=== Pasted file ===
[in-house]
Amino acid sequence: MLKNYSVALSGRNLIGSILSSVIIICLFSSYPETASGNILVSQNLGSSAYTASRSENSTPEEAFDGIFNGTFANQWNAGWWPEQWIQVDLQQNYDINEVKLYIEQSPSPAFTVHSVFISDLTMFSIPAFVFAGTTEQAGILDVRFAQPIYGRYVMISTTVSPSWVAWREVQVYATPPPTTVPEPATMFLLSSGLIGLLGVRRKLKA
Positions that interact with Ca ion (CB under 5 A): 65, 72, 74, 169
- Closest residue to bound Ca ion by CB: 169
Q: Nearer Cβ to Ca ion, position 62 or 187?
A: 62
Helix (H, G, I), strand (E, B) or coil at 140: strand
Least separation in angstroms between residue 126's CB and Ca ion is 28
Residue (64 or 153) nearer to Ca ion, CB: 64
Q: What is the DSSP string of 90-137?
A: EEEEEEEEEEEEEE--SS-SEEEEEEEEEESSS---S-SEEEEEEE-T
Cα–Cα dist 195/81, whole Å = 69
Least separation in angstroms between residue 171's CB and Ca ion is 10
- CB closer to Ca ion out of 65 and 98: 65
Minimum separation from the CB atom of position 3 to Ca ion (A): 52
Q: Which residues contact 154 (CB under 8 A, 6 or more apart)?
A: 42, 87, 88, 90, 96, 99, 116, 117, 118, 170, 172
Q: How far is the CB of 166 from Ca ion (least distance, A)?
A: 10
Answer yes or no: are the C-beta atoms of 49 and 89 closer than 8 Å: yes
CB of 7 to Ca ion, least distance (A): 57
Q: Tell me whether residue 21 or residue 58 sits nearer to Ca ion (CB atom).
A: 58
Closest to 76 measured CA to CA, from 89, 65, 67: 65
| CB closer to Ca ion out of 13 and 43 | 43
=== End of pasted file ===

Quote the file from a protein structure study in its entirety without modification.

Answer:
[in-house]
Amino acid sequence: MLKNYSVALSGRNLIGSILSSVIIICLFSSYPETASGNILVSQNLGSSAYTASRSENSTPEEAFDGIFNGTFANQWNAGWWPEQWIQVDLQQNYDINEVKLYIEQSPSPAFTVHSVFISDLTMFSIPAFVFAGTTEQAGILDVRFAQPIYGRYVMISTTVSPSWVAWREVQVYATPPPTTVPEPATMFLLSSGLIGLLGVRRKLKA
Positions that interact with Ca ion (CB under 5 A): 65, 72, 74, 169
- Closest residue to bound Ca ion by CB: 169
Q: Nearer Cβ to Ca ion, position 62 or 187?
A: 62
Helix (H, G, I), strand (E, B) or coil at 140: strand
Least separation in angstroms between residue 126's CB and Ca ion is 28
Residue (64 or 153) nearer to Ca ion, CB: 64
Q: What is the DSSP string of 90-137?
A: EEEEEEEEEEEEEE--SS-SEEEEEEEEEESSS---S-SEEEEEEE-T
Cα–Cα dist 195/81, whole Å = 69
Least separation in angstroms between residue 171's CB and Ca ion is 10
- CB closer to Ca ion out of 65 and 98: 65
Minimum separation from the CB atom of position 3 to Ca ion (A): 52
Q: Which residues contact 154 (CB under 8 A, 6 or more apart)?
A: 42, 87, 88, 90, 96, 99, 116, 117, 118, 170, 172
Q: How far is the CB of 166 from Ca ion (least distance, A)?
A: 10
Answer yes or no: are the C-beta atoms of 49 and 89 closer than 8 Å: yes
CB of 7 to Ca ion, least distance (A): 57
Q: Tell me whether residue 21 or residue 58 sits nearer to Ca ion (CB atom).
A: 58
Closest to 76 measured CA to CA, from 89, 65, 67: 65
| CB closer to Ca ion out of 13 and 43 | 43